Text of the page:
Thoughts

Fall 2006

Toyota Hybrid Concept Car

Technology / December 27th

Check out this Winding Road article about a concept car from Toyota. It's a hybrid with over 400hp that they envision selling for $35K. I'm on the used car tip, but that has a definite appeal to it, both from the technology and the looks.

I'm hoping in the next few years we'll start to see some of the real promise of hybrid vehicles, including those that are powered entirely by electric motors, using the gas engines only to generate electricity. Batteries don't yet have the power-to-weight ratio, nor the infrastructure to support an all-electric car, but these hybrids can be the gateway, especially when they begin to offer a plug-in option.

Some of the developments in ultracapacitors are of particular interest here, potentially giving us exactly what we need to overcome the current reliance on gasoline. If these carbon nanotube capacitors live up to their promise, expect to see some major advances in other areas, like portable device life (cell phones, iPods, and laptops) as well as better home and business power backup.

Categories

Site News / December 26th

I wound up making a new feature live a bit sooner than expected. Sometimes I forget when I'm working on the development site that it's still a production database. That's fine for content, but with the page layouts stored in the database, that can mean some unintended consequences when I modify something to test. Because of this I had to rush to finish up the feature because the main page layout was messed up briefly.

So, the new feature is that on the Thoughts page you can now see a second submenu on the right for categories. Selecting a category shows all posts in that category regardless of date. I've been setting categories for Thoughts as I write them, but they weren't displayed in any meaningful way until now. I will be fleshing this out a bit more by adding the category to the heading of each post in Thoughts. Through this I managed to simplify the page layout and move the submenu html above the content, making the html more intuitive, though that isn't reflected in the way the page looks in a browser. The backend code is a bit hacked because it was a rush job. Hopefully I can get that cleaned up, though it won't change the look of it.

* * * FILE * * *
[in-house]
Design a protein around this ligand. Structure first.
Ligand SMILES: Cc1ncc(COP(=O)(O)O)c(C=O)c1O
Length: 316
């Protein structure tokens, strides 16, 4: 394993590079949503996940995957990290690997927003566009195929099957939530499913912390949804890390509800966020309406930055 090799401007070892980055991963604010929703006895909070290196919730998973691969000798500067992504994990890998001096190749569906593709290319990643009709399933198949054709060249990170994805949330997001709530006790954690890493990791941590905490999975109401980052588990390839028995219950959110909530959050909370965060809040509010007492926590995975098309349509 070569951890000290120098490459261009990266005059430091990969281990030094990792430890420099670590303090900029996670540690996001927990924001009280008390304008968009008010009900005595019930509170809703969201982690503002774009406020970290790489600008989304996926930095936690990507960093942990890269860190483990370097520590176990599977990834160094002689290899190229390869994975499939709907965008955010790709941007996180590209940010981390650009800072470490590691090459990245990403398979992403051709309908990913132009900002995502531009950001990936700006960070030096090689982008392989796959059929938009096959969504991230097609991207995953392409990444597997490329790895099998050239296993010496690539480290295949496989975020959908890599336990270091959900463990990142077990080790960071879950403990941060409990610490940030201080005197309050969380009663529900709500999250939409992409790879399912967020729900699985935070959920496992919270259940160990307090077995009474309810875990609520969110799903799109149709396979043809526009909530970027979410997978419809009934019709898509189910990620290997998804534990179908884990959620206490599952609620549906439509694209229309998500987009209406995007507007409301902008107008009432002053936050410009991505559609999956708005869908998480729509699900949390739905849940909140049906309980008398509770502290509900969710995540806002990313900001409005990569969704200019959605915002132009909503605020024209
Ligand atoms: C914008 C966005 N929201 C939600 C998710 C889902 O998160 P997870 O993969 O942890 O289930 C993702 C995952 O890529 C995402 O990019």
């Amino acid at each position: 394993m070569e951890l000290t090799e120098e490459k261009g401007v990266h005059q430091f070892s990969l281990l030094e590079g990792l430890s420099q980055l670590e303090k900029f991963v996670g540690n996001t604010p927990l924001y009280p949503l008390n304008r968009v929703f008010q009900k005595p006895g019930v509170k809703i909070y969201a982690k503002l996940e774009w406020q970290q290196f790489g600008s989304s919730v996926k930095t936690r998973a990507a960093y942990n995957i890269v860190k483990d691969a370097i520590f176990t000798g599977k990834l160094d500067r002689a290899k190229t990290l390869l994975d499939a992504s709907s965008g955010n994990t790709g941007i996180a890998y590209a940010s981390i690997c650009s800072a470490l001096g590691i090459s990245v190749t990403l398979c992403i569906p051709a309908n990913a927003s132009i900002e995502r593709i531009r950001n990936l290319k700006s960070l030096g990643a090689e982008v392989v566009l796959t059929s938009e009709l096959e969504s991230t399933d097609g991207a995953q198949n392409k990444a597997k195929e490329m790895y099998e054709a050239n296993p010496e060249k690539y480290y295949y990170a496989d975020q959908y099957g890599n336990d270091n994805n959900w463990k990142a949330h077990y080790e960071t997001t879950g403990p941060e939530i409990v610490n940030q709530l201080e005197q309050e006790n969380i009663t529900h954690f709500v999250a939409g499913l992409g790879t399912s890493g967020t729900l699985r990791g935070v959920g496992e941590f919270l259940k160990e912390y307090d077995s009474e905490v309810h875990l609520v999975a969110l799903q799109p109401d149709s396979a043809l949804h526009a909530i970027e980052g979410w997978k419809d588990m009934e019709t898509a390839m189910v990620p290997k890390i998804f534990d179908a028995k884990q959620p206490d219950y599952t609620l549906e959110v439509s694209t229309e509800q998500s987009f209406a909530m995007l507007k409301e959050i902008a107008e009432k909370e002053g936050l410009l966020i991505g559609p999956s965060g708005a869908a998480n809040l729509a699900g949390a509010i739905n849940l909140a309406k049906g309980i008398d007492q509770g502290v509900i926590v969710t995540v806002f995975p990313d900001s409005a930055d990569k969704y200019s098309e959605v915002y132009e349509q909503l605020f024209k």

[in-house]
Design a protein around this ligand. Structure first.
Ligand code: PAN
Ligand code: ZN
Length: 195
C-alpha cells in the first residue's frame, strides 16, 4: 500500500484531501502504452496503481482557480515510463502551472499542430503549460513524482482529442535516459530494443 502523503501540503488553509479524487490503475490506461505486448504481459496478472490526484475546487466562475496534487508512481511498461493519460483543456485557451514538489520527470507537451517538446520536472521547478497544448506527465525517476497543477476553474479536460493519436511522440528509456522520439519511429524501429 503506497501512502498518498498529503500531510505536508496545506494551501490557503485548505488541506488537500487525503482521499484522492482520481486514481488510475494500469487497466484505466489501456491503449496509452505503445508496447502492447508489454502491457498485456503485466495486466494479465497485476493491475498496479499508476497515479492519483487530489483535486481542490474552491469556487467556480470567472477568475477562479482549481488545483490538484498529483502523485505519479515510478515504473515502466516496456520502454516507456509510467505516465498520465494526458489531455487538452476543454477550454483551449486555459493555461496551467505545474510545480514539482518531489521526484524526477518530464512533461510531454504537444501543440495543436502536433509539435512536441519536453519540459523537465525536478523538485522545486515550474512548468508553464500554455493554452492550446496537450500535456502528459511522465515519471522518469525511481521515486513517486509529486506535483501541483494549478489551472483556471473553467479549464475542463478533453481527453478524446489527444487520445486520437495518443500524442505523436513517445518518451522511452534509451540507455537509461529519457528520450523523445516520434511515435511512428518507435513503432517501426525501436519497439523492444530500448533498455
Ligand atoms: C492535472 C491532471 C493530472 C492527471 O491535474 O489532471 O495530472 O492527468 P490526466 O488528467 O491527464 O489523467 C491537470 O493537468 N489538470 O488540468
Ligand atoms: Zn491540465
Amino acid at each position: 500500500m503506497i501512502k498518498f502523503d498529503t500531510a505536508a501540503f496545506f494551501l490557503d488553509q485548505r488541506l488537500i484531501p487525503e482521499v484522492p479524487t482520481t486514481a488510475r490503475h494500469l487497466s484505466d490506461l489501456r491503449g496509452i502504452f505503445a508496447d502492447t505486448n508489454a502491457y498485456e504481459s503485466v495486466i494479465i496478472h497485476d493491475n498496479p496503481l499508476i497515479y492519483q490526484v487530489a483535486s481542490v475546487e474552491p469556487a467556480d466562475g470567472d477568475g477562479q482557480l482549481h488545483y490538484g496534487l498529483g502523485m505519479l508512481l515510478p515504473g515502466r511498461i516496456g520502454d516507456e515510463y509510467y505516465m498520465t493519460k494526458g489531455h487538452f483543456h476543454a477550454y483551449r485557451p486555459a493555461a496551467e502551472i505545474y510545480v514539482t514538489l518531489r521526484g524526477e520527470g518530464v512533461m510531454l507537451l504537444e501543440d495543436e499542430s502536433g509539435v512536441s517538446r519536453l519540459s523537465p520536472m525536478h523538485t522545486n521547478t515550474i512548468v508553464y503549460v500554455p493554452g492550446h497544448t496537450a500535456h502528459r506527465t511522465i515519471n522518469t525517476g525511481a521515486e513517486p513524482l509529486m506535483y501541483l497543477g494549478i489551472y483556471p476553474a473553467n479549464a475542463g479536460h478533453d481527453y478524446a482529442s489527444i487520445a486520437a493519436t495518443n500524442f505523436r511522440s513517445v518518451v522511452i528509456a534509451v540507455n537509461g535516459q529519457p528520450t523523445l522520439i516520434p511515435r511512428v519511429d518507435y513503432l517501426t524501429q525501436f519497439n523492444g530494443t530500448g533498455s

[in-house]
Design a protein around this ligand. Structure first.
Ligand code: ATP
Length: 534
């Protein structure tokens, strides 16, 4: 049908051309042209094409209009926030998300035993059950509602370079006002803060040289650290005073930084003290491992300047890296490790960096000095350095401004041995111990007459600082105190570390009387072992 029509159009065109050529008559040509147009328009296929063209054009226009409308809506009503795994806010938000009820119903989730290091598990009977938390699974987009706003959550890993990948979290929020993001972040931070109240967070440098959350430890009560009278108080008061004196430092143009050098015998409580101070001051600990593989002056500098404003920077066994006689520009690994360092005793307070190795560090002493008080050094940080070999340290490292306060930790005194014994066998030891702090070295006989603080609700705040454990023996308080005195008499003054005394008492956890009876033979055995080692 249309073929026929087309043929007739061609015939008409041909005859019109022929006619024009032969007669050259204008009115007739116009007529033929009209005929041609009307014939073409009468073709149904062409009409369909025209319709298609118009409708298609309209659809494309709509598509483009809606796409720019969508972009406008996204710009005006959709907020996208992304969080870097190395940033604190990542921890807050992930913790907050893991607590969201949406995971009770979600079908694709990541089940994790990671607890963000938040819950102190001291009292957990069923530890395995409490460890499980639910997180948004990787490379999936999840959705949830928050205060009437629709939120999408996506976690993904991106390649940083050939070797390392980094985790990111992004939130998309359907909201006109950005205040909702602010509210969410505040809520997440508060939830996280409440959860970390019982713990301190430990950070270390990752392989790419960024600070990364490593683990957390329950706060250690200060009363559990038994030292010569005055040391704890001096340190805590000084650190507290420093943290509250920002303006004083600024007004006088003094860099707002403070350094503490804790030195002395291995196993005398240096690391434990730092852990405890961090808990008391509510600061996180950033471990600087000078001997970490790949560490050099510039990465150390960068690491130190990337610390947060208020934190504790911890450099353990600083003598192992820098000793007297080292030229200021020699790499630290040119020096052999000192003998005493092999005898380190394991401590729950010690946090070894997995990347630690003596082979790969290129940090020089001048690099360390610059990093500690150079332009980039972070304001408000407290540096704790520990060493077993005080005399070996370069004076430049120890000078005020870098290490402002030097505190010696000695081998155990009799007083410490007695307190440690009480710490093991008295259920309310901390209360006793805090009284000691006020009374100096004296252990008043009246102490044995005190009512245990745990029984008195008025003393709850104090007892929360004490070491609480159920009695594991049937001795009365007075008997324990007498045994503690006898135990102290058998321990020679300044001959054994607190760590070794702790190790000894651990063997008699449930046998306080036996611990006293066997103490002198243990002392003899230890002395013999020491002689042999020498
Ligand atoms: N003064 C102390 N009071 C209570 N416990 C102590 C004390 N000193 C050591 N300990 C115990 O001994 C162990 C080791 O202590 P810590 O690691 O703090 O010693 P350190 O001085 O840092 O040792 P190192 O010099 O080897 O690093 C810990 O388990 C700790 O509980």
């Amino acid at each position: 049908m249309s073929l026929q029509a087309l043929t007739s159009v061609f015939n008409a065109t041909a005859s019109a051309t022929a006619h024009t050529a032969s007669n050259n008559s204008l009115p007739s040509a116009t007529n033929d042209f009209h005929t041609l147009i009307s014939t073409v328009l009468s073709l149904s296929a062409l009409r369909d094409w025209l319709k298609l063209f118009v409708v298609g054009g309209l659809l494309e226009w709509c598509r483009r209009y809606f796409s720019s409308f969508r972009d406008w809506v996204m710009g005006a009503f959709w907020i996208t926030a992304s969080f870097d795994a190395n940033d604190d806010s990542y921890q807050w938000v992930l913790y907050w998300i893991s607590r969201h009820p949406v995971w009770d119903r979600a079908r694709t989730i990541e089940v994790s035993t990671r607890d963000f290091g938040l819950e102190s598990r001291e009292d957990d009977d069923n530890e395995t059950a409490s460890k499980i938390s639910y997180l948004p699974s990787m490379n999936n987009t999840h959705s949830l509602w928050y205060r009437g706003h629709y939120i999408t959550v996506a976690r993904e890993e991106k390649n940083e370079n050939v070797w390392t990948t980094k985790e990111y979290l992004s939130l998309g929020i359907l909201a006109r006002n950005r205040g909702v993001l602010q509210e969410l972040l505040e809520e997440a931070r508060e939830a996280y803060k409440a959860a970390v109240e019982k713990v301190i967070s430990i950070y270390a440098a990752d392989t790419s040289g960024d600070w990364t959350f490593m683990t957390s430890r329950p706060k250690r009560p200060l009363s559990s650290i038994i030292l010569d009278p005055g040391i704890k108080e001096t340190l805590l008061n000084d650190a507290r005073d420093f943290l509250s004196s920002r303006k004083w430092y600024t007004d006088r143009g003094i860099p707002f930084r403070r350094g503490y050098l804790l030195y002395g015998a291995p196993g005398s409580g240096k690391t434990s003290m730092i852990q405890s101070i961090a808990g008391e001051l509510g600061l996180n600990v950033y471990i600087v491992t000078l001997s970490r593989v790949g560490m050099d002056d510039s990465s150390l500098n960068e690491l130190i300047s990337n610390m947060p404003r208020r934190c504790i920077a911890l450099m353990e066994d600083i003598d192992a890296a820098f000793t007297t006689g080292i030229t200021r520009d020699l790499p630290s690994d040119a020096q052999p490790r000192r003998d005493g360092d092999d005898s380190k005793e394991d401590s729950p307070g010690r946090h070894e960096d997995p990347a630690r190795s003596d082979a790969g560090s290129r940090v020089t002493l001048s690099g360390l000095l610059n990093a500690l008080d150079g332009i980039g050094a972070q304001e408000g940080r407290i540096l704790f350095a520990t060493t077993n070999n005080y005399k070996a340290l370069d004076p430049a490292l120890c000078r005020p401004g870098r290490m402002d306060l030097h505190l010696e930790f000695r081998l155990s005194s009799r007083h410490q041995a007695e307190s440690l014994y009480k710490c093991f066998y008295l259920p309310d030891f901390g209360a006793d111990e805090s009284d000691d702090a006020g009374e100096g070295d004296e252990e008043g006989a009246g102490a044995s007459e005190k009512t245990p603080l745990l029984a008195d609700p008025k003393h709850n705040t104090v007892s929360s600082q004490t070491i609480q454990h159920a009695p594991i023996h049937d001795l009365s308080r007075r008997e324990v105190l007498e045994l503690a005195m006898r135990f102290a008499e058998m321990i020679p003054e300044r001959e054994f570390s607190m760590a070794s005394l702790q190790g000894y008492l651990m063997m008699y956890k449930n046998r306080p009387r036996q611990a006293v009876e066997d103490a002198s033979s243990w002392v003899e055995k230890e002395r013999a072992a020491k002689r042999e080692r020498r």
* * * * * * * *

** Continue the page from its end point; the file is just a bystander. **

On a minor note, a few days ago I changed the rollover effect of the submenu to match the way the main menu worked, making the color scheme more consistent.

Solar Roofing

Technology / December 22nd

I came across a company that does installations of solar panels directly into the roofing of houses via an article at TreeHugger. This is one of the many things that I've always thought would be slick, and it's awesome to see there's actually a way to do it. Not only do you get solar power generation for your house, but it doesn't mean having those hideous boxes on your roof. How cool is that?

According to the article, BP is teaming up with this company to provide other homebuilders with complete turnkey packages to install this system, which hopefully means it will become more prevalent and available. Unfortunately there isn't much information about what kind of panels they use. There have been some advances in photovoltaics recently that improve efficiency, lower upfront costs, and give you more electricty for less money.